1. That St. Paul was a man of a very tender and loving spirit is evident from all his epistles; but especially from this, and particularly from the chapter before us. It was not an easy thing with him to give a reproof; and nothing but a sense of his duty to God and his Church could have led him to use his apostolical power, to inflict spiritual punishment on transgressors. He felt like a loving and tender father, who, being obliged to correct his froward and disobedient child, feels in his own heart the pain of a hundred blows for that occasioned by one laid on the body of his son. There are some ministers who think nothing of cutting off members from the Church of Christ; they seem to do it, if not cheerfully, yet with indifference and unconcern! How can this be? Nothing but absolute duty to God should induce any man to separate any person from the visible Church; and then it must be on the conviction that the case is totally hopeless. And who, even in those circumstances, that knows the worth of a soul, can do it without torture of heart?
2. We must not only love the doctrines, but also the morality of the Gospel. He who loves this will not corrupt it; but, as Quesnel says truly, in order to love the truth a man must practice it; as in order to practice it he must love it. That a minister, says he, may preach the word of God in such a manner as is worthy of him, he must, with St. Paul, be always mindful of these three things:
Treasury of Scripture Knowledge
corrupt. or, deal deceitfully with.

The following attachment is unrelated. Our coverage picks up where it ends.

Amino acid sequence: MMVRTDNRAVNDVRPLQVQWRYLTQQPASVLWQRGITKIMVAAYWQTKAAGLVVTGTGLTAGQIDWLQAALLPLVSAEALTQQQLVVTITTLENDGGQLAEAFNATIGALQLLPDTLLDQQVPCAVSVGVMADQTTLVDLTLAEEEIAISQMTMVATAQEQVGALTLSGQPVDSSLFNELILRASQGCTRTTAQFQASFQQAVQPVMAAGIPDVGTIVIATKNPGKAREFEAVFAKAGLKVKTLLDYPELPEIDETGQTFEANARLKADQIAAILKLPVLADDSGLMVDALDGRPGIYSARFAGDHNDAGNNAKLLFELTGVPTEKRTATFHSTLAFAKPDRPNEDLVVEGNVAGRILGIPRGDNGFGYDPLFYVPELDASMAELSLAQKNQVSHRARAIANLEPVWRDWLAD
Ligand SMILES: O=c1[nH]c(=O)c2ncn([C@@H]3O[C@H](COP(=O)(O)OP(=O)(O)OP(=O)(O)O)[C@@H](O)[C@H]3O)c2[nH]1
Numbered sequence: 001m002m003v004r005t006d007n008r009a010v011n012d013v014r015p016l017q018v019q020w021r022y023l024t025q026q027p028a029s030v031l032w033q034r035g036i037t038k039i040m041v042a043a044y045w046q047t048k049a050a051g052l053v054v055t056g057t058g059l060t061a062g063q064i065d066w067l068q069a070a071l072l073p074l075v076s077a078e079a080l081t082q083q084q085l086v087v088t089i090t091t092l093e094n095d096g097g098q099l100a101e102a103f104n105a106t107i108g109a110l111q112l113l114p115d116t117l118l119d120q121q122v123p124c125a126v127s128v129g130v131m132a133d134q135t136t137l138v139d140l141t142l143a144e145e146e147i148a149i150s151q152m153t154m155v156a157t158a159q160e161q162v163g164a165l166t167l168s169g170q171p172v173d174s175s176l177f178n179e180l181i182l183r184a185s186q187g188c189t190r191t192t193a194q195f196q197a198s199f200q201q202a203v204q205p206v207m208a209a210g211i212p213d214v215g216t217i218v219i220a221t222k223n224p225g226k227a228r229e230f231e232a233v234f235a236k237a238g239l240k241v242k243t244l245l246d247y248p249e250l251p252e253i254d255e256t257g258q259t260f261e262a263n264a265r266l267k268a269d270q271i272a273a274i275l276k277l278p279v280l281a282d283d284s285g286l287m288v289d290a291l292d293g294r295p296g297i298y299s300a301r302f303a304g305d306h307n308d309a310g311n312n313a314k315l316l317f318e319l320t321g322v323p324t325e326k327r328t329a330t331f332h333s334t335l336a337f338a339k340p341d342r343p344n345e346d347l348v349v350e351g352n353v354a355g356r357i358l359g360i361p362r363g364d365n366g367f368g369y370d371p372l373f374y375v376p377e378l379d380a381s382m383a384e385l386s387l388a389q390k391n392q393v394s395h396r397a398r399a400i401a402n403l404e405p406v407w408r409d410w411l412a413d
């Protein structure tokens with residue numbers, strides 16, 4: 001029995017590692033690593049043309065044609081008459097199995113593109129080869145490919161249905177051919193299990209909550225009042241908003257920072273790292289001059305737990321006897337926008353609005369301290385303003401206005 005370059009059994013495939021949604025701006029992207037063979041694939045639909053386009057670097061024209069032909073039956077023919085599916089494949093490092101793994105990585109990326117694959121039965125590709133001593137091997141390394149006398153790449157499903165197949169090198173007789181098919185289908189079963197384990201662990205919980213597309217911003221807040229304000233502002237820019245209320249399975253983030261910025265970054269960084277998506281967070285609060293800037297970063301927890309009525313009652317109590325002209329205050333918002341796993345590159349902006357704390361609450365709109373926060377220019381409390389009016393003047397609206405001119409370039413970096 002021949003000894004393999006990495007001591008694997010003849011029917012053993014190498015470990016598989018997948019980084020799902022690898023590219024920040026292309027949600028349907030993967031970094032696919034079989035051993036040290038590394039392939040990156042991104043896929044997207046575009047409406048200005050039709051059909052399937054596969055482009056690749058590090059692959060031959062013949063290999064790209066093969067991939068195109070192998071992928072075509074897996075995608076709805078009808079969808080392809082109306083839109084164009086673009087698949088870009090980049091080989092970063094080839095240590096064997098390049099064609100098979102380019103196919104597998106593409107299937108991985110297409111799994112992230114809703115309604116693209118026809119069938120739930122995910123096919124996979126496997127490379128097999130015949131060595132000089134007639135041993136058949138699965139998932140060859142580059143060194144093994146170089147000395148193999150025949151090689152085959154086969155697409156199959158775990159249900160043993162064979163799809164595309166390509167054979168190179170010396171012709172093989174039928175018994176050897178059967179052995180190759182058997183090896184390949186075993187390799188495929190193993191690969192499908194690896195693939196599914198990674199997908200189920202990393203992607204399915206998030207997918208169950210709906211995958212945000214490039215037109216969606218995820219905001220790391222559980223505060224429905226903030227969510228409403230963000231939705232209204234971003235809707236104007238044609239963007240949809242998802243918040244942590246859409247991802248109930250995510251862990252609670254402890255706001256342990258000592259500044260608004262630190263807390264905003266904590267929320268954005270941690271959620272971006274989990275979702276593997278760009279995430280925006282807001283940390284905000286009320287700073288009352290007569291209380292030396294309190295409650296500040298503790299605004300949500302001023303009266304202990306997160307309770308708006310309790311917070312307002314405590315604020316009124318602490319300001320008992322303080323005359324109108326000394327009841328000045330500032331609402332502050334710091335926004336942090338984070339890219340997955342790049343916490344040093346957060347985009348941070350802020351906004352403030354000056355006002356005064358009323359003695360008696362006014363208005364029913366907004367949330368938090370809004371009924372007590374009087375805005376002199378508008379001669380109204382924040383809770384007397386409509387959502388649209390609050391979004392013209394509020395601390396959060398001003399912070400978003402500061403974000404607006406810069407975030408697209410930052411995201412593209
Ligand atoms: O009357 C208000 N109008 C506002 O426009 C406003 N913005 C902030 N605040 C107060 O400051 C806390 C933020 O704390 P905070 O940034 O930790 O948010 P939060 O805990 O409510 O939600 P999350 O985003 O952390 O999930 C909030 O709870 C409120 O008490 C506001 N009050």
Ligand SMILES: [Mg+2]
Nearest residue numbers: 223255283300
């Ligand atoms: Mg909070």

but as of sincerity.
in. or, of.
LibraryThe Triumphal Procession
'Thanks be unto God, which always leadeth us in triumph in Christ and maketh manifest through us the savour of His knowledge in every place.'--2 COR. ii. 14 (R.V.) I suppose most of us have some knowledge of what a Roman Triumph was, and can picture to ourselves the long procession, the victorious general in his chariot with its white horses, the laurelled soldiers, the sullen captives, with suppressed hate flashing in their sunken eyes, the wreathing clouds of incense that went up into the blue …
Alexander Maclaren—Romans, Corinthians (To II Corinthians, Chap. V)
"But if Ye have Bitter Envying," &C.
Letter Xlv (Circa A. D. 1120) to a Youth Named Fulk, who Afterwards was Archdeacon of Langres
A Book for Boys and Girls Or, Temporal Things Spritualized.
1 Corinthians 5:8
Therefore let us keep the Festival, not with the old bread leavened with malice and wickedness, but with the unleavened bread of sincerity and truth.
2 Corinthians 1:12
Now this is our boast: Our conscience testifies that we have conducted ourselves in the world, and especially in our relations with you, with integrity and godly sincerity. We have done so, relying not on worldly wisdom but on God's grace.
2 Corinthians 1:18
But as surely as God is faithful, our message to you is not "Yes" and "No."
2 Corinthians 4:2
Rather, we have renounced secret and shameful ways; we do not use deception, nor do we distort the word of God. On the contrary, by setting forth the truth plainly we commend ourselves to everyone's conscience in the sight of God.
2 Corinthians 6:7
in truthful speech and in the power of God; with weapons of righteousness in the right hand and in the left;
2 Corinthians 11:11
Why? Because I do not love you? God knows I do!
2 Corinthians 12:19
Have you been thinking all along that we have been defending ourselves to you? We have been speaking in the sight of God as those in Christ; and everything we do, dear friends, is for your strengthening.